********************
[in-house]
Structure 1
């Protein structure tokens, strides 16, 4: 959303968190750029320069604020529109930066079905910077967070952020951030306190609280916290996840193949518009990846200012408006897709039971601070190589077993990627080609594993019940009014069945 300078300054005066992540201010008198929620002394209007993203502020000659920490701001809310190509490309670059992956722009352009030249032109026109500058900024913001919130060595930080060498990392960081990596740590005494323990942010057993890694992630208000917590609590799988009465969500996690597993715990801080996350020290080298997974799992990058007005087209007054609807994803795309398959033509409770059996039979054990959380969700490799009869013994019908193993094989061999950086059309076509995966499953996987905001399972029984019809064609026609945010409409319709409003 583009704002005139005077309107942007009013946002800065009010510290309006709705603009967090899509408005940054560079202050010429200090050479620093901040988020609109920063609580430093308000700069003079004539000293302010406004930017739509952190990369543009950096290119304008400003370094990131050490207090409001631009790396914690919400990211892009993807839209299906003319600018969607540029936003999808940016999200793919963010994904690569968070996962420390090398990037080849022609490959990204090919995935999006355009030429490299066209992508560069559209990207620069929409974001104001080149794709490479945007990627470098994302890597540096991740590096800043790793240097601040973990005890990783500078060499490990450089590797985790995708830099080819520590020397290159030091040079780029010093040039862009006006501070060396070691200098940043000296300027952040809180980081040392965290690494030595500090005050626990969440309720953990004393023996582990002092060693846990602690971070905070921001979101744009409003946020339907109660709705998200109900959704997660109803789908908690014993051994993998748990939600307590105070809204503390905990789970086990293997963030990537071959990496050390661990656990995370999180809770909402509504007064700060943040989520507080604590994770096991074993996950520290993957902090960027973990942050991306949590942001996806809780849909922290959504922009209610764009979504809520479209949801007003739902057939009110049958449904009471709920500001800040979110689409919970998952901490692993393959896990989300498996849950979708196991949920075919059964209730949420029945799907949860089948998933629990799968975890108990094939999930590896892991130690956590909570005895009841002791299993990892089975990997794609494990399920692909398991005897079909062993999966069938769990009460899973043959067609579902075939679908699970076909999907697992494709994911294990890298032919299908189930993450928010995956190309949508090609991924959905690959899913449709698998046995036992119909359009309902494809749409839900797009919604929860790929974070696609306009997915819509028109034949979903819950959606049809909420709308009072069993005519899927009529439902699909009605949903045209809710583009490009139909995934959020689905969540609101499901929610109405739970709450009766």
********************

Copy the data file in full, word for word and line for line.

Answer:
[in-house]
Structure 1
């Protein structure tokens, strides 16, 4: 959303968190750029320069604020529109930066079905910077967070952020951030306190609280916290996840193949518009990846200012408006897709039971601070190589077993990627080609594993019940009014069945 300078300054005066992540201010008198929620002394209007993203502020000659920490701001809310190509490309670059992956722009352009030249032109026109500058900024913001919130060595930080060498990392960081990596740590005494323990942010057993890694992630208000917590609590799988009465969500996690597993715990801080996350020290080298997974799992990058007005087209007054609807994803795309398959033509409770059996039979054990959380969700490799009869013994019908193993094989061999950086059309076509995966499953996987905001399972029984019809064609026609945010409409319709409003 583009704002005139005077309107942007009013946002800065009010510290309006709705603009967090899509408005940054560079202050010429200090050479620093901040988020609109920063609580430093308000700069003079004539000293302010406004930017739509952190990369543009950096290119304008400003370094990131050490207090409001631009790396914690919400990211892009993807839209299906003319600018969607540029936003999808940016999200793919963010994904690569968070996962420390090398990037080849022609490959990204090919995935999006355009030429490299066209992508560069559209990207620069929409974001104001080149794709490479945007990627470098994302890597540096991740590096800043790793240097601040973990005890990783500078060499490990450089590797985790995708830099080819520590020397290159030091040079780029010093040039862009006006501070060396070691200098940043000296300027952040809180980081040392965290690494030595500090005050626990969440309720953990004393023996582990002092060693846990602690971070905070921001979101744009409003946020339907109660709705998200109900959704997660109803789908908690014993051994993998748990939600307590105070809204503390905990789970086990293997963030990537071959990496050390661990656990995370999180809770909402509504007064700060943040989520507080604590994770096991074993996950520290993957902090960027973990942050991306949590942001996806809780849909922290959504922009209610764009979504809520479209949801007003739902057939009110049958449904009471709920500001800040979110689409919970998952901490692993393959896990989300498996849950979708196991949920075919059964209730949420029945799907949860089948998933629990799968975890108990094939999930590896892991130690956590909570005895009841002791299993990892089975990997794609494990399920692909398991005897079909062993999966069938769990009460899973043959067609579902075939679908699970076909999907697992494709994911294990890298032919299908189930993450928010995956190309949508090609991924959905690959899913449709698998046995036992119909359009309902494809749409839900797009919604929860790929974070696609306009997915819509028109034949979903819950959606049809909420709308009072069993005519899927009529439902699909009605949903045209809710583009490009139909995934959020689905969540609101499901929610109405739970709450009766």